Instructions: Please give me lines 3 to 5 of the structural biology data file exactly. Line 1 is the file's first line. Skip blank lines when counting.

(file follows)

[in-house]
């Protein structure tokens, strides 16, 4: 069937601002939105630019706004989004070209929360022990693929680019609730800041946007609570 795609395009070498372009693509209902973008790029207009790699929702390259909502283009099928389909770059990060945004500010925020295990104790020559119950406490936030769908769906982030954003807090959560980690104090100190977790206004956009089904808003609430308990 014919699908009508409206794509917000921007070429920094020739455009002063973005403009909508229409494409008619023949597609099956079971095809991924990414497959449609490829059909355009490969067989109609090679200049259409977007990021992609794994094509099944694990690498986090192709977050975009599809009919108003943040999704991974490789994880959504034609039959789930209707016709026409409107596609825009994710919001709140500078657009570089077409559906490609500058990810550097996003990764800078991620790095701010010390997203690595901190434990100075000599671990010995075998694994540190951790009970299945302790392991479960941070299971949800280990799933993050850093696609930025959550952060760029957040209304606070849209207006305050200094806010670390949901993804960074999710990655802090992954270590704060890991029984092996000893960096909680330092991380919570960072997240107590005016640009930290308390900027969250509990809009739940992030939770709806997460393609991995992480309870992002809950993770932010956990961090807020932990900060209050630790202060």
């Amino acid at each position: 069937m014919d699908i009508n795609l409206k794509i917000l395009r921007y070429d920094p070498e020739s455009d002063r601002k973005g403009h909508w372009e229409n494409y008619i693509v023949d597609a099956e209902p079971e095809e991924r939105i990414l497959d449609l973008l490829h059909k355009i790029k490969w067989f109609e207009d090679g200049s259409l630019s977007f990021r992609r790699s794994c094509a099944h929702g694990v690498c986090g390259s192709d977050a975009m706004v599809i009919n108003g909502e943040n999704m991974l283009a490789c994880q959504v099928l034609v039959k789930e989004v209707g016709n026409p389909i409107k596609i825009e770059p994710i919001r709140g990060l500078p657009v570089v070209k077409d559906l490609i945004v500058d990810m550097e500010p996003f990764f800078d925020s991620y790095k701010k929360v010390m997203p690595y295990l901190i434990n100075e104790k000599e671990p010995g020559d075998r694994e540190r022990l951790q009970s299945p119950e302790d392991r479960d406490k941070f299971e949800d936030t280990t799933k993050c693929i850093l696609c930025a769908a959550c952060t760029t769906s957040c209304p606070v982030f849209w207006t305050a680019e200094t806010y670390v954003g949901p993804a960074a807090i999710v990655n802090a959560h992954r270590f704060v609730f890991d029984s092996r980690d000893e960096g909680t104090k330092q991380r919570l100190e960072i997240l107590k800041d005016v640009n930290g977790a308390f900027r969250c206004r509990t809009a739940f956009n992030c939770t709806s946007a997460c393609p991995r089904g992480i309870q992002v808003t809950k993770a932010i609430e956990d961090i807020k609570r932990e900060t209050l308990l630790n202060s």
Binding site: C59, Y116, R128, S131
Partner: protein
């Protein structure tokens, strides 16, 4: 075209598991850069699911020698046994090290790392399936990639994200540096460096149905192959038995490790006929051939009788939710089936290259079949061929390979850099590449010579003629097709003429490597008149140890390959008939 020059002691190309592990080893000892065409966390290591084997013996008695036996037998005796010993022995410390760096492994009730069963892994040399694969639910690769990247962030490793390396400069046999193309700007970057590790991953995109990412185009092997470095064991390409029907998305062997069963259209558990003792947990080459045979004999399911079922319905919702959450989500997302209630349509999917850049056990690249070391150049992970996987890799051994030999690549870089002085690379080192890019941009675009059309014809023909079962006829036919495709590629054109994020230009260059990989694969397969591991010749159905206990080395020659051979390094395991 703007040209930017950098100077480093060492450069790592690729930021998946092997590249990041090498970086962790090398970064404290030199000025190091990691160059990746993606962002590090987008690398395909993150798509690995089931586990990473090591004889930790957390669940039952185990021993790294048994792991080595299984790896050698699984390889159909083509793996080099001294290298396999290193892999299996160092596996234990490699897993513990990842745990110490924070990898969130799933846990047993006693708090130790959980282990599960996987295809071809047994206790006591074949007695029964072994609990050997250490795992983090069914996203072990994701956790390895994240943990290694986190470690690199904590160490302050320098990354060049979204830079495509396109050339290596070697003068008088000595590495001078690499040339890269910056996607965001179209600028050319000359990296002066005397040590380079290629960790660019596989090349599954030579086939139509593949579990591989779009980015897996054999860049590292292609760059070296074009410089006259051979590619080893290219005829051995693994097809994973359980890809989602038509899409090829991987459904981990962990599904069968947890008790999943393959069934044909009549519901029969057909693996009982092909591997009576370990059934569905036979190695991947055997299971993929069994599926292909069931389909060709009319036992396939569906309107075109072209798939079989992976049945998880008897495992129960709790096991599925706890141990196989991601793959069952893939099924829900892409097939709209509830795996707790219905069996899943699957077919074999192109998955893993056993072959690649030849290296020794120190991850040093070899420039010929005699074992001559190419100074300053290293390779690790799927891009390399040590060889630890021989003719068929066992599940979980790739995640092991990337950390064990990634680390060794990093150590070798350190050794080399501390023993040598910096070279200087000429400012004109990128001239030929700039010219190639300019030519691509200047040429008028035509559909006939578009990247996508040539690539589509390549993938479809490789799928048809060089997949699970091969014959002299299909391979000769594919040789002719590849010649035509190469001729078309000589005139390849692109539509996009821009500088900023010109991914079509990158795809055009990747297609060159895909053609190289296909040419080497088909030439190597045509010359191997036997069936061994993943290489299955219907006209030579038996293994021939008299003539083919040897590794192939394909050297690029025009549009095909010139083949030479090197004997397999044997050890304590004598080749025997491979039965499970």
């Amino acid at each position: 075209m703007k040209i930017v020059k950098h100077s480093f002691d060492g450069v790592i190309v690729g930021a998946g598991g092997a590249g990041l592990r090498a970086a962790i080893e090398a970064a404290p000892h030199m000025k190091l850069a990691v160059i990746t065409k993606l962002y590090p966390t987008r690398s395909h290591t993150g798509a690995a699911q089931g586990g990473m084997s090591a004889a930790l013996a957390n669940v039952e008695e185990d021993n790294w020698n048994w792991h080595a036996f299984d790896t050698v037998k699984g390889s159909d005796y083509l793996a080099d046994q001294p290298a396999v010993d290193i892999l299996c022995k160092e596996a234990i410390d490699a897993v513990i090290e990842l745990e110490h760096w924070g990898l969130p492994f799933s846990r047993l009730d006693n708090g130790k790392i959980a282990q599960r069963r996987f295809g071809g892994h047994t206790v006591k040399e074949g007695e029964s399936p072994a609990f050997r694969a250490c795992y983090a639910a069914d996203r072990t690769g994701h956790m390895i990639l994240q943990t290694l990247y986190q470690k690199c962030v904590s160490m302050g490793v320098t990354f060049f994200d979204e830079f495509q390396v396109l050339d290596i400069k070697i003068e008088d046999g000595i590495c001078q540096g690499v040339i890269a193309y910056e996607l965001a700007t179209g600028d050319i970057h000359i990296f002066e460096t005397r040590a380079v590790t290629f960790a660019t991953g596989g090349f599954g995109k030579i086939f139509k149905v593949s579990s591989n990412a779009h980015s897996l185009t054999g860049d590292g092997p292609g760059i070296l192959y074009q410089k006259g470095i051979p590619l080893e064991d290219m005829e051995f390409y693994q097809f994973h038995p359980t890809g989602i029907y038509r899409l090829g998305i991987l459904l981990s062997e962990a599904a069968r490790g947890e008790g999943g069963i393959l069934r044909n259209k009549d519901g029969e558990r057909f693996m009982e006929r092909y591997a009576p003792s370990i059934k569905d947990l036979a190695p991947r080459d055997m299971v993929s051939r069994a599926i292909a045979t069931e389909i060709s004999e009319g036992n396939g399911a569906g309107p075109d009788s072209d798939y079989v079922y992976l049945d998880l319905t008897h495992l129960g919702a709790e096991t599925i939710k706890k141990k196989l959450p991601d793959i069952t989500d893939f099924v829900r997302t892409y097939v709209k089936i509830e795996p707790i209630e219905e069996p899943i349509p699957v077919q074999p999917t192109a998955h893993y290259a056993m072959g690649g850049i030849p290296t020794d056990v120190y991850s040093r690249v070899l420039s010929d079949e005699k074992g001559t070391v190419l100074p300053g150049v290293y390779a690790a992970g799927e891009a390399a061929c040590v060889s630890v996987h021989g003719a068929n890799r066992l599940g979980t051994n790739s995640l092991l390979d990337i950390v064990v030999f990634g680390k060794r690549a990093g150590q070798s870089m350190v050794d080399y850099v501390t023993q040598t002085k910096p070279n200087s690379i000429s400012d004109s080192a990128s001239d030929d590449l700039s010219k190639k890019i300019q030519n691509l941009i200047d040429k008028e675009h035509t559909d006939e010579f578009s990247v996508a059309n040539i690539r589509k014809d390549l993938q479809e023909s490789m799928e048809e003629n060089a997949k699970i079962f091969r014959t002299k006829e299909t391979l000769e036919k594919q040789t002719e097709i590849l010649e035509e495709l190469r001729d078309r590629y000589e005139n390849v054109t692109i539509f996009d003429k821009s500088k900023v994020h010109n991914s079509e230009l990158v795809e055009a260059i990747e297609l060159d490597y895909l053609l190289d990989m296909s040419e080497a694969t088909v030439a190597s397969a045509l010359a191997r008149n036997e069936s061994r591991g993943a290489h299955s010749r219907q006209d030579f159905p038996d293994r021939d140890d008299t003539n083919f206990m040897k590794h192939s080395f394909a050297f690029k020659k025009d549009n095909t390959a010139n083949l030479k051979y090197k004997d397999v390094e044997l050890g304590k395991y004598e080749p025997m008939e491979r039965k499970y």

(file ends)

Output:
């Amino acid at each position: 069937m014919d699908i009508n795609l409206k794509i917000l395009r921007y070429d920094p070498e020739s455009d002063r601002k973005g403009h909508w372009e229409n494409y008619i693509v023949d597609a099956e209902p079971e095809e991924r939105i990414l497959d449609l973008l490829h059909k355009i790029k490969w067989f109609e207009d090679g200049s259409l630019s977007f990021r992609r790699s794994c094509a099944h929702g694990v690498c986090g390259s192709d977050a975009m706004v599809i009919n108003g909502e943040n999704m991974l283009a490789c994880q959504v099928l034609v039959k789930e989004v209707g016709n026409p389909i409107k596609i825009e770059p994710i919001r709140g990060l500078p657009v570089v070209k077409d559906l490609i945004v500058d990810m550097e500010p996003f990764f800078d925020s991620y790095k701010k929360v010390m997203p690595y295990l901190i434990n100075e104790k000599e671990p010995g020559d075998r694994e540190r022990l951790q009970s299945p119950e302790d392991r479960d406490k941070f299971e949800d936030t280990t799933k993050c693929i850093l696609c930025a769908a959550c952060t760029t769906s957040c209304p606070v982030f849209w207006t305050a680019e200094t806010y670390v954003g949901p993804a960074a807090i999710v990655n802090a959560h992954r270590f704060v609730f890991d029984s092996r980690d000893e960096g909680t104090k330092q991380r919570l100190e960072i997240l107590k800041d005016v640009n930290g977790a308390f900027r969250c206004r509990t809009a739940f956009n992030c939770t709806s946007a997460c393609p991995r089904g992480i309870q992002v808003t809950k993770a932010i609430e956990d961090i807020k609570r932990e900060t209050l308990l630790n202060s």
Binding site: C59, Y116, R128, S131
Partner: protein